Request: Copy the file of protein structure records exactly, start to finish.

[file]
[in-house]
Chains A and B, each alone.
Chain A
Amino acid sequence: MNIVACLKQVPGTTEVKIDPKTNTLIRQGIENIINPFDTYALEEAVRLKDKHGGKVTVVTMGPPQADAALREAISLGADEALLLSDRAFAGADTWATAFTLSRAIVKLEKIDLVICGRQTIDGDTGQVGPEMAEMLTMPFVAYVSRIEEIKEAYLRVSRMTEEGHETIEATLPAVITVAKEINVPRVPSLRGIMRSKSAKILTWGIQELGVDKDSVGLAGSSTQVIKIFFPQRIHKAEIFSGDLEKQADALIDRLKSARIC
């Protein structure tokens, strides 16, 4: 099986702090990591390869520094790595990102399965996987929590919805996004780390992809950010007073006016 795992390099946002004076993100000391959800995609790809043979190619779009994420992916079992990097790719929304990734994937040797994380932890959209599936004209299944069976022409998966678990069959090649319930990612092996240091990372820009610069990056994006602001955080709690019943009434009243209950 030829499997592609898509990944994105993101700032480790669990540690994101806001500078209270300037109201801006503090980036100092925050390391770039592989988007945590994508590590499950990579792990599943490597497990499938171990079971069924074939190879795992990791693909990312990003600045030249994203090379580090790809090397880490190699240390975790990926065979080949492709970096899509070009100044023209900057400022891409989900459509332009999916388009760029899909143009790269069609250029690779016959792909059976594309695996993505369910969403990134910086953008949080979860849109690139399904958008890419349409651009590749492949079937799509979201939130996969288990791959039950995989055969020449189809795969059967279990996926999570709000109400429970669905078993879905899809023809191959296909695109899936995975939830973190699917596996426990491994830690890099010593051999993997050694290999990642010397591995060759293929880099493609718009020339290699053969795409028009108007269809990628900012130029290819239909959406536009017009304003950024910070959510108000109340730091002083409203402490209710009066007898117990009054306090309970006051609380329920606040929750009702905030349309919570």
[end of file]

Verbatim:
[in-house]
Chains A and B, each alone.
Chain A
Amino acid sequence: MNIVACLKQVPGTTEVKIDPKTNTLIRQGIENIINPFDTYALEEAVRLKDKHGGKVTVVTMGPPQADAALREAISLGADEALLLSDRAFAGADTWATAFTLSRAIVKLEKIDLVICGRQTIDGDTGQVGPEMAEMLTMPFVAYVSRIEEIKEAYLRVSRMTEEGHETIEATLPAVITVAKEINVPRVPSLRGIMRSKSAKILTWGIQELGVDKDSVGLAGSSTQVIKIFFPQRIHKAEIFSGDLEKQADALIDRLKSARIC
């Protein structure tokens, strides 16, 4: 099986702090990591390869520094790595990102399965996987929590919805996004780390992809950010007073006016 795992390099946002004076993100000391959800995609790809043979190619779009994420992916079992990097790719929304990734994937040797994380932890959209599936004209299944069976022409998966678990069959090649319930990612092996240091990372820009610069990056994006602001955080709690019943009434009243209950 030829499997592609898509990944994105993101700032480790669990540690994101806001500078209270300037109201801006503090980036100092925050390391770039592989988007945590994508590590499950990579792990599943490597497990499938171990079971069924074939190879795992990791693909990312990003600045030249994203090379580090790809090397880490190699240390975790990926065979080949492709970096899509070009100044023209900057400022891409989900459509332009999916388009760029899909143009790269069609250029690779016959792909059976594309695996993505369910969403990134910086953008949080979860849109690139399904958008890419349409651009590749492949079937799509979201939130996969288990791959039950995989055969020449189809795969059967279990996926999570709000109400429970669905078993879905899809023809191959296909695109899936995975939830973190699917596996426990491994830690890099010593051999993997050694290999990642010397591995060759293929880099493609718009020339290699053969795409028009108007269809990628900012130029290819239909959406536009017009304003950024910070959510108000109340730091002083409203402490209710009066007898117990009054306090309970006051609380329920606040929750009702905030349309919570």